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Positive Feedback ISSUE 26
july/august 2006


Jimi Hendrix - Voodoo Child Box Set (Red Vinyl)

Jimi Hendrix: Voodoo Child Box Set - Classic Records RTH-2016 - Four 140-gram translucent red LPs
by Tom Gibbs

Upon first hearing about this set, my curiosity was definitely tweaked, but when I found out that Classic Records was offering this four LP box in a choice of 200-gram LPs or 140-gram translucent red vinyl— well, let's just say I was much more than simply "interested!" I don't know how these things affect the average vinyl aficionado, but when I hear the words "colored vinyl," it triggers an instantaneous left brain-right brain clash where all logic tends to evaporate, and my mind slips into the "duuuuudecolored vinyl!!!!!" mode. Regardless of how much the logic and reason functions of my cranium really attempted to get me to order the 200-gram pressings—duuuuude, we ordered the 140-gram colored vinyl—and it's the most beautiful translucent red vinyl you ever feasted your eyes on! My friends are mesmerized during playback of these recordings—the music is hypnotic, and so is watching those flaming bright red platters spinning!

The music needs no introduction—it's all classic Hendrix, and is evenly split between four sides of studio recordings and four additional sides of live material. This is much more than a "greatest hits" collection; when Al Hendrix finally gained control of his famous son's estate a decade or so ago and established Experience Hendrix, we finally got to hear the studio recordings released in greatly improved (for Red Book CD of the time) sound, along with many alternate takes and unreleased studio gems. The same was true for the live recordings, with many of them only having been previously released in sub-par sonics or only available at all as bootlegs. This compilation (which has only previously been available on CD) culls many of the best available tracks, and will please novices as well as die-hard Hendrix fans.

I've owned many Hendrix discs over the years (unfortunately, not any of the original pressings), but trust me—these LPs absolutely KILL any previous LP or CD versions of this material I've come in contact with. The LPs were mastered on all-tube equipment by Bernie Grundman, and mixing and engineering was supervised by none other than Eddie Kramer; needless to say, the sound is simply superb. Tons of grunge and (purple?) haze have been lifted from the studio tracks, giving them a truly remarkable clarity. The live recordings are equally stunning, with the only exception being the less-than-optimal sound of the Woodstock version of "The Star Spangled Banner," but please don't blame Jimi for that debacle—history demands its inclusion! These discs are more alive and three-dimensional in their presentation of the material than anything you're likely to come in contact with anytime soon.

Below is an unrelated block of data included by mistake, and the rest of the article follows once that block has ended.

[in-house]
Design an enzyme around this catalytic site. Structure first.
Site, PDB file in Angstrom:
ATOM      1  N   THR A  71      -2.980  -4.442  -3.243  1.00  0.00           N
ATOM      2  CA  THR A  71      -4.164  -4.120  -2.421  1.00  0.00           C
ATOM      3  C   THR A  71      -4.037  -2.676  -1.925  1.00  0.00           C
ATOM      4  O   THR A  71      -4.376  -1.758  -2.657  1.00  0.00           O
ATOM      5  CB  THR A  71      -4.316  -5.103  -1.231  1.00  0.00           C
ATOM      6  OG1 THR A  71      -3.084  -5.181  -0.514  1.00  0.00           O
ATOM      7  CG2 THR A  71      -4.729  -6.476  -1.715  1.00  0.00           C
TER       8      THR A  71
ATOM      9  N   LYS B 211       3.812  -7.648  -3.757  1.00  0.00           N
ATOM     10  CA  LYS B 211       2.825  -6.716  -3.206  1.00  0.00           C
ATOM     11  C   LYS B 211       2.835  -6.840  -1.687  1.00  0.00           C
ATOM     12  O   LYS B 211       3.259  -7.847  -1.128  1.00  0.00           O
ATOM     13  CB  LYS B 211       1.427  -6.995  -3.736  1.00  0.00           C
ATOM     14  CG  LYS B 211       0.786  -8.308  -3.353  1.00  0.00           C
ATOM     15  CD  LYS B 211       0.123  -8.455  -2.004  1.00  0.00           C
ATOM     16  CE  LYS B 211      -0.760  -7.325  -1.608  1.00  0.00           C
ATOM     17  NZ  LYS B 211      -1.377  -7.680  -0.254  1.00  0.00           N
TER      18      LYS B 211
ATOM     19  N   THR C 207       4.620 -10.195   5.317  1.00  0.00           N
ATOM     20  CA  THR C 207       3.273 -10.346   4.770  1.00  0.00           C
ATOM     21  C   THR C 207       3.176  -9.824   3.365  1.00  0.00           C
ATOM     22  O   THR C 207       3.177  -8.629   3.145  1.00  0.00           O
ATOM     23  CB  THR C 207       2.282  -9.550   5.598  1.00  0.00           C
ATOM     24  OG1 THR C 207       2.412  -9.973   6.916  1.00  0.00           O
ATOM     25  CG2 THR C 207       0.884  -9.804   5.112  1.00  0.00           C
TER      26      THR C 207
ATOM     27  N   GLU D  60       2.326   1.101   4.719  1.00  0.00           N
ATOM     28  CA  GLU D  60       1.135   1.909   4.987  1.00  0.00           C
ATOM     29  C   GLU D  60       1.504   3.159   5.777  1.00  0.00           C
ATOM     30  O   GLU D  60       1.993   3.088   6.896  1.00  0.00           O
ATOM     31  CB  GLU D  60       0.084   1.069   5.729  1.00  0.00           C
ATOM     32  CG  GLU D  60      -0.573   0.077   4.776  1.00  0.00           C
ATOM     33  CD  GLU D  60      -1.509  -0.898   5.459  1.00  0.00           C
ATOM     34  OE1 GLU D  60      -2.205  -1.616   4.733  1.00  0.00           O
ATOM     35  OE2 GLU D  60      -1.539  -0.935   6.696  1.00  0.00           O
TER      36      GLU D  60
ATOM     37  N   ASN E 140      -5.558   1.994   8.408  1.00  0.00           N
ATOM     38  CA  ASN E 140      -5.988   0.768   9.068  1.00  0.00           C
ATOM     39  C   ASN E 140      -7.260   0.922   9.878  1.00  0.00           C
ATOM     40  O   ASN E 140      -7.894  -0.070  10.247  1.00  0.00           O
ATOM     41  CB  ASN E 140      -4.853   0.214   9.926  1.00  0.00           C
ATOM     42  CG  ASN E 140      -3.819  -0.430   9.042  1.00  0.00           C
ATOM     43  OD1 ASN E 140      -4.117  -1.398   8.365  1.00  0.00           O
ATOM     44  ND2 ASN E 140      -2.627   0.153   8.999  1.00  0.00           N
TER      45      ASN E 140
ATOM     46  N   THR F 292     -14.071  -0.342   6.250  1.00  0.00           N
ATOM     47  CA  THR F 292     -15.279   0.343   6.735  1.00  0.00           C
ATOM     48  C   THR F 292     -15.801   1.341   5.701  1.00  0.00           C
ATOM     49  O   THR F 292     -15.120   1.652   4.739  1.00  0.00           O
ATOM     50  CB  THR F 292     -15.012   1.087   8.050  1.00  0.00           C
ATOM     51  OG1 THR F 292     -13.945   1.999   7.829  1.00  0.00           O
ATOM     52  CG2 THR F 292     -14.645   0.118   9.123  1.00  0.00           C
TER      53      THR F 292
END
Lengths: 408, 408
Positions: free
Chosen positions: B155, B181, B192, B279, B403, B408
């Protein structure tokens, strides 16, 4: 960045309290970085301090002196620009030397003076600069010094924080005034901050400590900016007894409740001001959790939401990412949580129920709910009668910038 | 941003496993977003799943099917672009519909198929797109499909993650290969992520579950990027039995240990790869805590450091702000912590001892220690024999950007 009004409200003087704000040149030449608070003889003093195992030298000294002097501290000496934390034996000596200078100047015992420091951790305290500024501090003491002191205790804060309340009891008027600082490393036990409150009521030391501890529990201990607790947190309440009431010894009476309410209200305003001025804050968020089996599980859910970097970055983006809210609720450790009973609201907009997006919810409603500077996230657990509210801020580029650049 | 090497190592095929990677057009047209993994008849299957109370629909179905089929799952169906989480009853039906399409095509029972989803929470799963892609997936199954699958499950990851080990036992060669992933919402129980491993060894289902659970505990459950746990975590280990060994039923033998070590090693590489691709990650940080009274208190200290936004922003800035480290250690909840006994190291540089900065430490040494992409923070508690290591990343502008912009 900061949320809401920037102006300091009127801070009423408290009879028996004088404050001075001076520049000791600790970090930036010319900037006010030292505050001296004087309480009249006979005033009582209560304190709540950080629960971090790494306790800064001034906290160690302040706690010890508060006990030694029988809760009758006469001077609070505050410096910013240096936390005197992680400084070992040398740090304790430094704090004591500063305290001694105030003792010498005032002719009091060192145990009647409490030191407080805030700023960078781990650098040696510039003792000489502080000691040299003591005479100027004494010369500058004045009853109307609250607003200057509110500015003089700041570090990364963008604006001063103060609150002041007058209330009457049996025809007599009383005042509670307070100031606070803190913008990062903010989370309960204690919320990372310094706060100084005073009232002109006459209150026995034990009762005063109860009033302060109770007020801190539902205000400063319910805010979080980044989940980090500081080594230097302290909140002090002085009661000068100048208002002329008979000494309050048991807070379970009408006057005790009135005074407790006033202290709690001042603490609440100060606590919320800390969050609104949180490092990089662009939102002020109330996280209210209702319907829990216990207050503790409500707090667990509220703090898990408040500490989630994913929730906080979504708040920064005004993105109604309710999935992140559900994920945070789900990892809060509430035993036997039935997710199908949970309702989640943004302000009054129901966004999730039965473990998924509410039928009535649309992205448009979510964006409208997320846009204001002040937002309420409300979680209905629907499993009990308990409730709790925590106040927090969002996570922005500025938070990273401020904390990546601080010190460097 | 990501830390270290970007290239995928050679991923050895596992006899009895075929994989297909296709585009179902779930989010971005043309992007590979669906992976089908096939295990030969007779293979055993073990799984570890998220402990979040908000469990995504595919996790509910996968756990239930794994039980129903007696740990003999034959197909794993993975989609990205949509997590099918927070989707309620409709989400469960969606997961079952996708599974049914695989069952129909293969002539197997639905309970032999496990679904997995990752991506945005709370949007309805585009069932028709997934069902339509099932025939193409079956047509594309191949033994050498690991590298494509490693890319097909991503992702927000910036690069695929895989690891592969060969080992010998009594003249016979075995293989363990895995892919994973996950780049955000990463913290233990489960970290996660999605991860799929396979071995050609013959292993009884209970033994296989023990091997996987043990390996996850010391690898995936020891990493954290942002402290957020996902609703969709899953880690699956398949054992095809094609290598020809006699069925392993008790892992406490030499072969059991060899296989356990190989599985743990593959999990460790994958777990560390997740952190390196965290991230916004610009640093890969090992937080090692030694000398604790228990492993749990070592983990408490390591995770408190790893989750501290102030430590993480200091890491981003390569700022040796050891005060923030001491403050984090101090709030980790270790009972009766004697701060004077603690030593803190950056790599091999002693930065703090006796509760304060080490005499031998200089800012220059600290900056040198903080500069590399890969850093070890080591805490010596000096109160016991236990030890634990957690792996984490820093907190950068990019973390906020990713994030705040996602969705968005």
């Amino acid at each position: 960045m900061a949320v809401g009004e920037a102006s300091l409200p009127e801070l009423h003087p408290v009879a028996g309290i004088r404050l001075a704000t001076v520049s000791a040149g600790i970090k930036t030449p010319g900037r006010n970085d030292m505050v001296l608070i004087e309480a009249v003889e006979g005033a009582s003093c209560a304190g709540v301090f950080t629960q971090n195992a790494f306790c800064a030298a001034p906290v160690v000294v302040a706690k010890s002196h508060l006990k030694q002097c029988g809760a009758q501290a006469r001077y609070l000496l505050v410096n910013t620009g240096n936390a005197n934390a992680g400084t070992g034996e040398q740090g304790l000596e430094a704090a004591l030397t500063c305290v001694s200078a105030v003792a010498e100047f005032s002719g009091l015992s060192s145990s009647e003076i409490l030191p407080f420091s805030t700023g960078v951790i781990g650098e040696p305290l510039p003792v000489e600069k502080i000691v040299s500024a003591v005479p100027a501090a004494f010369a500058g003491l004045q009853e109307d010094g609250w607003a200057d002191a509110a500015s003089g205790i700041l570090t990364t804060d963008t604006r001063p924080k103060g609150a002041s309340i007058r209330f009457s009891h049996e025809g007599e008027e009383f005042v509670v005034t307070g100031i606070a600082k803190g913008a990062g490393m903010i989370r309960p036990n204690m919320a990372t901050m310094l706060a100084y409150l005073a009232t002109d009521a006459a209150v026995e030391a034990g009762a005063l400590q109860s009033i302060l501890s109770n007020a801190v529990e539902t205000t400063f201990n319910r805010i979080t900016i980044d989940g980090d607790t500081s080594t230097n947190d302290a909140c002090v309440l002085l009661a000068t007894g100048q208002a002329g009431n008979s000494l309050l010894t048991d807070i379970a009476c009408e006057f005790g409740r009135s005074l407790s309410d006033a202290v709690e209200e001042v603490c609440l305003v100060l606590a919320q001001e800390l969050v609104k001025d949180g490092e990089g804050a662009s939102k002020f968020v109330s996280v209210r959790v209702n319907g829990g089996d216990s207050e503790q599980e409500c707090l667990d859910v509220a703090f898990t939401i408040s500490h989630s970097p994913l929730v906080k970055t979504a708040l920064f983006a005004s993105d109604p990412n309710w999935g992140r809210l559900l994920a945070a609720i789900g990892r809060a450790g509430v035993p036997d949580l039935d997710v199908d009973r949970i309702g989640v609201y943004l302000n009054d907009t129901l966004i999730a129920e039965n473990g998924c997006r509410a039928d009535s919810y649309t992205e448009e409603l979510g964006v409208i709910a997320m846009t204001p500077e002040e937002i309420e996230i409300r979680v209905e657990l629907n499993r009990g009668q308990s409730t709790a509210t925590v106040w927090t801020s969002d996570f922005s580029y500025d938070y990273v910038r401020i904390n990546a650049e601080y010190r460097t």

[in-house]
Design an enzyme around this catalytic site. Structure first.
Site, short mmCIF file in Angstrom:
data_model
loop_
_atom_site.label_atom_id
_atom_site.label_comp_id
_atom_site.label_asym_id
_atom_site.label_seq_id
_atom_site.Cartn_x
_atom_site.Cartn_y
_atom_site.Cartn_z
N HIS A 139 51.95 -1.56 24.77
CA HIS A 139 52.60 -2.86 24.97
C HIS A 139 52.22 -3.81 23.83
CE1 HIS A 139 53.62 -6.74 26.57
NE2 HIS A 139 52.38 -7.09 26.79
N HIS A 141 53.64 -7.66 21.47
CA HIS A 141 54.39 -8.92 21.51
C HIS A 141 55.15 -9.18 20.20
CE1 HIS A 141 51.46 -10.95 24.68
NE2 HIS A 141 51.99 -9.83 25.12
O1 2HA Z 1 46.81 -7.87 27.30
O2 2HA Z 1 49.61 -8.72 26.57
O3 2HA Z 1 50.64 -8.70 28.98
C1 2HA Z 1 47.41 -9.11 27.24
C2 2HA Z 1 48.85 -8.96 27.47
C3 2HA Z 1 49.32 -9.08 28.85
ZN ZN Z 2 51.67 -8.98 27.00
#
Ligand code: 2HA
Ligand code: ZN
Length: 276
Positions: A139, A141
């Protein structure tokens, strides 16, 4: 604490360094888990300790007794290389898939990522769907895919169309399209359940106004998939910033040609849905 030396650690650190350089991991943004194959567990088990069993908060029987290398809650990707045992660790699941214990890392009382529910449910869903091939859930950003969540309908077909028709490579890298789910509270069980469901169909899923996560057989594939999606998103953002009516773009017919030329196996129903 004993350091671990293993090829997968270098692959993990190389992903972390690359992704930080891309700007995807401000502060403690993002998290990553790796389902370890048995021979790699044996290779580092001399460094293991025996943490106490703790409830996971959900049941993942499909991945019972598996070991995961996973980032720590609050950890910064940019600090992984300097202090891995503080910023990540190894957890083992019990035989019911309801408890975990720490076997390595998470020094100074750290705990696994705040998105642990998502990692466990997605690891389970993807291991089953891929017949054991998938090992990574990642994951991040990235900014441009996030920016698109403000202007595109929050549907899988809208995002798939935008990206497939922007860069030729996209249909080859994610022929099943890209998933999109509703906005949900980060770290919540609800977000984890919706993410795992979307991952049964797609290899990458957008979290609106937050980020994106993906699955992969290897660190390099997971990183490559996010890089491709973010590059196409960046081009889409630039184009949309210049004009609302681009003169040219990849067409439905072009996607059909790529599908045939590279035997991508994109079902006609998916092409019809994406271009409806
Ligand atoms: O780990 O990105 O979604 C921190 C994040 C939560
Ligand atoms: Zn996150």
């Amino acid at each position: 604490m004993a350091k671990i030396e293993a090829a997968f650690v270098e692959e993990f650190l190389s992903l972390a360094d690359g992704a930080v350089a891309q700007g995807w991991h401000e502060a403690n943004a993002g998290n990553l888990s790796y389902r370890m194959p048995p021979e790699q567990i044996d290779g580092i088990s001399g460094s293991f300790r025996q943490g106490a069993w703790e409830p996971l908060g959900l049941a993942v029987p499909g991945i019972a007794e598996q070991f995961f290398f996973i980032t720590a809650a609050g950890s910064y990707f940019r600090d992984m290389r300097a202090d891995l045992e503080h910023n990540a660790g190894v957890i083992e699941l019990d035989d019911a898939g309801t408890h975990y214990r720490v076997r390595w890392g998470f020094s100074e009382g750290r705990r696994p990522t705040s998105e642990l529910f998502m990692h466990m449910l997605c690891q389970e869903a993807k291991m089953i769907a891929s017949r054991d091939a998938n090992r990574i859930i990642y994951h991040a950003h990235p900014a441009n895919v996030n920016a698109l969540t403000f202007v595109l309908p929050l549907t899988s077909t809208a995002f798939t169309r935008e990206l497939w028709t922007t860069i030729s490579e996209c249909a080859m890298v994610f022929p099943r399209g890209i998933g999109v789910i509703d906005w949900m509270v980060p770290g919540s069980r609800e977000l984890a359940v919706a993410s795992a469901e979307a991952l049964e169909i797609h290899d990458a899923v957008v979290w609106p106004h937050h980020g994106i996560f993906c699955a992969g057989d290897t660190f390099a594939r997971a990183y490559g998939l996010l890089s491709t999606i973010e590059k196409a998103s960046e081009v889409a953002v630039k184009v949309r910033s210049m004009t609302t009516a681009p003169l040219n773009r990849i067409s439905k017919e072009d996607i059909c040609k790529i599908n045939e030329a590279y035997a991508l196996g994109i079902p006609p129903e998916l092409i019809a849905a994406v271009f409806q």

The packaging is magnificent, and hearkens back to the glory days when the LP was king. The heavy-duty hardboard case houses four individually slip covered LPs, and the beautiful four-color artwork throughout is a loving tribute to Jimi Hendrix. A really cool booklet ices the package, with lots of great photos of Jimi, along with copious track detail and an astute, informative essay by Kurt Loder. The large format LP sleeves and artwork are a beauty to behold, especially in an unfortunate age where we've been maniacally programmed by the major labels to deal with scrawny, illegible Red Book CD packages.

There are a few caveats, and duuuuude, unfortunately they mostly stem from choosing the red vinyl! While the colored vinyl has undeniable savior faire, it weighs in at a skimp 140 grams, and therefore, arrived much less perfectly flat than 200-gram vinyl typically does. Nothing that the arm/cartridge combo can't handle with ease, but I have to be brutally honest with you—it's a bit less gratifying to watch the arm surfing a wavy disc. Here's the real shocker—the LP inner sleeves are made of unlined paper! Of course, it kind of goes with the whole psychedelic throwback packaging theme, but really—a package of this magnitude deserves the royal treatment, along with lined sleeves. I bet the 200-gram versions are packed with Classic's usual sleeves.

Also slightly unsettling: the dead wax areas of these discs are pretty noisy. I've been listening to these albums quite a lot, and fairly critically, and the noise I hear in the lead-in, between tracks and lead-out isn't present in the music portions of the discs—it's just a little annoying, that's all. I just recently bought all four Ramones LP reissues—also on standard weight translucent red vinyl—and they're not only whisper quiet, but perfectly flat as well, and at only twelve bucks each that's quite an accomplishment. Despite my bellyaching, I consider these faults to be relatively minor, especially considering the undeniable allure this superb package presents in the overall big picture. Thanks to Peele Wimberley at Classic Records for his assistance. Very highly recommended, and duuuuude, the red vinyl is waaaay cool!